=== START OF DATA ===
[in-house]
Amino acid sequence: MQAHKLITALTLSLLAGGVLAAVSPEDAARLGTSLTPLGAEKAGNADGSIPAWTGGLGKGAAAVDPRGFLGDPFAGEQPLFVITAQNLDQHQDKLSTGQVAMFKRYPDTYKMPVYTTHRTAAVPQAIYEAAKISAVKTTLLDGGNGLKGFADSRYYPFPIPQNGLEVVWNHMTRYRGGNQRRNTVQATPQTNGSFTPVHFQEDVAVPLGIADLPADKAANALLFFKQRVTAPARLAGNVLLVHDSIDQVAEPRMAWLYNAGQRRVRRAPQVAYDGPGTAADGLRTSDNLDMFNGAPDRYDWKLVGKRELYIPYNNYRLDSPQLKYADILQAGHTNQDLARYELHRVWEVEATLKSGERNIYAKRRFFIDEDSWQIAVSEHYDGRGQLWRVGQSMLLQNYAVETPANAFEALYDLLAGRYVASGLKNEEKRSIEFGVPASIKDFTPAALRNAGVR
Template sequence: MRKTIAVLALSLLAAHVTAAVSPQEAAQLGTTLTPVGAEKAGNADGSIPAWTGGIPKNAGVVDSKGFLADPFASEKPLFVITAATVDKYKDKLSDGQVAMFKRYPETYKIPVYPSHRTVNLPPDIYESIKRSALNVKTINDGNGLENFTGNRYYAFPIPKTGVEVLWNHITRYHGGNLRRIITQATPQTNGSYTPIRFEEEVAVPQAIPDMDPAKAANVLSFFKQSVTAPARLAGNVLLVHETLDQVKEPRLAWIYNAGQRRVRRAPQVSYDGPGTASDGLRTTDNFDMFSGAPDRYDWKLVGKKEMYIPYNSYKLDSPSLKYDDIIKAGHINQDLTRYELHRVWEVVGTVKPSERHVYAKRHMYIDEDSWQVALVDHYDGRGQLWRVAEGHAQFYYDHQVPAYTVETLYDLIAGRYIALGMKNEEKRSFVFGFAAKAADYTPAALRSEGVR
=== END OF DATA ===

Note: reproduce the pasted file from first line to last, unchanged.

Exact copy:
[in-house]
Amino acid sequence: MQAHKLITALTLSLLAGGVLAAVSPEDAARLGTSLTPLGAEKAGNADGSIPAWTGGLGKGAAAVDPRGFLGDPFAGEQPLFVITAQNLDQHQDKLSTGQVAMFKRYPDTYKMPVYTTHRTAAVPQAIYEAAKISAVKTTLLDGGNGLKGFADSRYYPFPIPQNGLEVVWNHMTRYRGGNQRRNTVQATPQTNGSFTPVHFQEDVAVPLGIADLPADKAANALLFFKQRVTAPARLAGNVLLVHDSIDQVAEPRMAWLYNAGQRRVRRAPQVAYDGPGTAADGLRTSDNLDMFNGAPDRYDWKLVGKRELYIPYNNYRLDSPQLKYADILQAGHTNQDLARYELHRVWEVEATLKSGERNIYAKRRFFIDEDSWQIAVSEHYDGRGQLWRVGQSMLLQNYAVETPANAFEALYDLLAGRYVASGLKNEEKRSIEFGVPASIKDFTPAALRNAGVR
Template sequence: MRKTIAVLALSLLAAHVTAAVSPQEAAQLGTTLTPVGAEKAGNADGSIPAWTGGIPKNAGVVDSKGFLADPFASEKPLFVITAATVDKYKDKLSDGQVAMFKRYPETYKIPVYPSHRTVNLPPDIYESIKRSALNVKTINDGNGLENFTGNRYYAFPIPKTGVEVLWNHITRYHGGNLRRIITQATPQTNGSYTPIRFEEEVAVPQAIPDMDPAKAANVLSFFKQSVTAPARLAGNVLLVHETLDQVKEPRLAWIYNAGQRRVRRAPQVSYDGPGTASDGLRTTDNFDMFSGAPDRYDWKLVGKKEMYIPYNSYKLDSPSLKYDDIIKAGHINQDLTRYELHRVWEVVGTVKPSERHVYAKRHMYIDEDSWQVALVDHYDGRGQLWRVAEGHAQFYYDHQVPAYTVETLYDLIAGRYIALGMKNEEKRSFVFGFAAKAADYTPAALRSEGVR